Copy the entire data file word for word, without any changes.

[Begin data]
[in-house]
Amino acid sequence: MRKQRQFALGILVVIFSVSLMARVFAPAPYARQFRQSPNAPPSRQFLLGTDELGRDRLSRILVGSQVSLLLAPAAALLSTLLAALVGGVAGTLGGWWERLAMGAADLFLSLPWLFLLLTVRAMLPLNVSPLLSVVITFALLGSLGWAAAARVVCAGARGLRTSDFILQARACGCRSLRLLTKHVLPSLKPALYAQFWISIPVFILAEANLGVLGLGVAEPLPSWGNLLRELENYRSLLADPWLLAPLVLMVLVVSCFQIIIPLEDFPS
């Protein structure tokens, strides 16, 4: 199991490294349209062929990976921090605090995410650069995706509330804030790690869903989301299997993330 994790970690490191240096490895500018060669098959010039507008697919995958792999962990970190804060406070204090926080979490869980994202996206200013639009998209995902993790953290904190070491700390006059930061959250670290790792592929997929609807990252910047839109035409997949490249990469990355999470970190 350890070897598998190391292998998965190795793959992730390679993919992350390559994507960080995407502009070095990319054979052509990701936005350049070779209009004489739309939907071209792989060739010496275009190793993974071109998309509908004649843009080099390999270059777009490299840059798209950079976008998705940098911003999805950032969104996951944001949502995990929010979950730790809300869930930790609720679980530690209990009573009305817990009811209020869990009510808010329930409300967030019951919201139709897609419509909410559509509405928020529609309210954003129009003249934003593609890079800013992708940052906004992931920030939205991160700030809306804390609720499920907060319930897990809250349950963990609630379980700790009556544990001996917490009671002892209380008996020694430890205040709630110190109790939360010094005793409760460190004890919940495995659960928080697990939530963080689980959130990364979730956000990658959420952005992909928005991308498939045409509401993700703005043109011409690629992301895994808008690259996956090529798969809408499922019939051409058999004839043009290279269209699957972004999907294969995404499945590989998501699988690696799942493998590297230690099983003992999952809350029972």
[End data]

[in-house]
Amino acid sequence: MRKQRQFALGILVVIFSVSLMARVFAPAPYARQFRQSPNAPPSRQFLLGTDELGRDRLSRILVGSQVSLLLAPAAALLSTLLAALVGGVAGTLGGWWERLAMGAADLFLSLPWLFLLLTVRAMLPLNVSPLLSVVITFALLGSLGWAAAARVVCAGARGLRTSDFILQARACGCRSLRLLTKHVLPSLKPALYAQFWISIPVFILAEANLGVLGLGVAEPLPSWGNLLRELENYRSLLADPWLLAPLVLMVLVVSCFQIIIPLEDFPS
């Protein structure tokens, strides 16, 4: 199991490294349209062929990976921090605090995410650069995706509330804030790690869903989301299997993330 994790970690490191240096490895500018060669098959010039507008697919995958792999962990970190804060406070204090926080979490869980994202996206200013639009998209995902993790953290904190070491700390006059930061959250670290790792592929997929609807990252910047839109035409997949490249990469990355999470970190 350890070897598998190391292998998965190795793959992730390679993919992350390559994507960080995407502009070095990319054979052509990701936005350049070779209009004489739309939907071209792989060739010496275009190793993974071109998309509908004649843009080099390999270059777009490299840059798209950079976008998705940098911003999805950032969104996951944001949502995990929010979950730790809300869930930790609720679980530690209990009573009305817990009811209020869990009510808010329930409300967030019951919201139709897609419509909410559509509405928020529609309210954003129009003249934003593609890079800013992708940052906004992931920030939205991160700030809306804390609720499920907060319930897990809250349950963990609630379980700790009556544990001996917490009671002892209380008996020694430890205040709630110190109790939360010094005793409760460190004890919940495995659960928080697990939530963080689980959130990364979730956000990658959420952005992909928005991308498939045409509401993700703005043109011409690629992301895994808008690259996956090529798969809408499922019939051409058999004839043009290279269209699957972004999907294969995404499945590989998501699988690696799942493998590297230690099983003992999952809350029972």